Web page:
“Now everything is for sale,” an NGO worker in Haiti lamented. “The women used to receive you with hospitality, give you coffee, share all that she had in her home. I could go get a plate of food at a neighbor’s house; a child could get a coconut at her godmother’s, two mangoes at another aunt’s. But these acts of solidarity are disappearing with the growth of poverty. Now when you arrive somewhere, either the woman offers to sell you a cup of coffee or she has no coffee at all. The tradition of mutual giving that allowed us to help each other and survive—this is all being lost.”
There are other rejoinders to informal sector utopianism. Perhaps the most terrifying is the fact that when the government doesn’t regulate the free market, gangs, cartels, and ethno-religious groups will. With this newfound control, “the godfathers and landlords of the informal sector (invisible in most of the literature) intelligently use coercion, even chronic violence to regulate competition and protect their investments.”
The violent manipulation of informal economies is particularly prevalent throughout Latin America, where bloodshed is carried out by extra-state armed groups wielding leftover Cold War weapons financed by the drug trade. In the “Northern Triangle” countries of Guatemala, El Salvador, and Honduras, for example, entire swaths of the slums are economically and politically dominated by mareros, the tattooed gangmembers from MS-13 or 18th Street. In Colombian slums, such as Lleras in Buenaventura, many young men, bereft of job opportunities, are drawn into work for right-wing paramilitary death squads, filling the void where the government vacated. The governments in those countries—in Central America, narco-trafficking oligarchies which remain standing only because of US support during the quashed revolutions of the 1980s—have traditionally done little to intervene in the economy of the slums, allowing the gangs and cartels to impose their own economic influence on the regulatory void. There is a reason that taxi drivers in those city are often forced to flee: they are subjected to “war-taxes” from the gangs in their zones of influence. When they refuse to pay, the answer is visible in any number of the lifeless bodies that emerge on street corners after dark nights: they’re summarily killed.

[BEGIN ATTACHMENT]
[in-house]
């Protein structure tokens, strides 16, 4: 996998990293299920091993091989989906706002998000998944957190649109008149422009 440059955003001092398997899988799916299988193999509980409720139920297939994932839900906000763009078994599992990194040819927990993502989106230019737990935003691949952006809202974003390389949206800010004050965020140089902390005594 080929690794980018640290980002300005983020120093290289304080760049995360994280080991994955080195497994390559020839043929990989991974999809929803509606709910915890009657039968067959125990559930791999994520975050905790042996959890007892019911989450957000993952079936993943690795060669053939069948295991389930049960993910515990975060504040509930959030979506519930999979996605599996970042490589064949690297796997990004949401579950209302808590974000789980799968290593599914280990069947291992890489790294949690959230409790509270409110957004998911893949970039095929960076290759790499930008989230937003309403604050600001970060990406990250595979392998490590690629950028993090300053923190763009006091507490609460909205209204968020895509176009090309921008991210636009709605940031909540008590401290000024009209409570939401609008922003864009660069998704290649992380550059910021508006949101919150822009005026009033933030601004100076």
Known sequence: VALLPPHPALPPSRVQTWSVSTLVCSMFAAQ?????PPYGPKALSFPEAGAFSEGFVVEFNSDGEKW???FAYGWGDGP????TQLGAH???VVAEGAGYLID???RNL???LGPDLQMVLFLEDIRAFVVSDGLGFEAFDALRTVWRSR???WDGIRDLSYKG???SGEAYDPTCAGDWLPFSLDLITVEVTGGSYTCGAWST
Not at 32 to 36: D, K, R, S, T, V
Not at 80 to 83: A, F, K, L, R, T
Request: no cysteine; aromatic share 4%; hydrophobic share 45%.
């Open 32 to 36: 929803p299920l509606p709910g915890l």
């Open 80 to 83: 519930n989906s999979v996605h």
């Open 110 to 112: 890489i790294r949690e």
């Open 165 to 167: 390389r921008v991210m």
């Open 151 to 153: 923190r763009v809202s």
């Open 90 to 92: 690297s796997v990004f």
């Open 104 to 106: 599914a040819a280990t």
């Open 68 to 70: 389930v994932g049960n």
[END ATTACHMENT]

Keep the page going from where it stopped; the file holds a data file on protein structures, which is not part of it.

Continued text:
While many think-tank intellectuals sought to obscure neoliberalism’s complicity in the global expansion of slums, slumdwellers themselves refused to passively accept their fate.
In the 1970s and 80s, a series of massive “Food Riots” convulsed Third World cities and slums in response to rising food prices caused by IMF SAPs. For two decades, the slums of the Global South pulsated with mass disturbances that, in many cases, were tantamount to full-scale urban rebellions.
“The first wave of anti-IMF protests,” Davis writes, “peaked between 1983 and 1985, only to be followed by a second wave after 1989. In Caracas in February 1989 a hugely unpopular IMF-dictated increase in fuel prices and transit fares sparked a riot by angry bus riders and radical university students, and police batons quickly turned the confrontation into a semi-insurrection. During the week-long Caracazo, tens of thousands of poor people came down from their hillside barrios to loot shopping centers, burn luxury cars, and build barricades. At least 400 were killed.”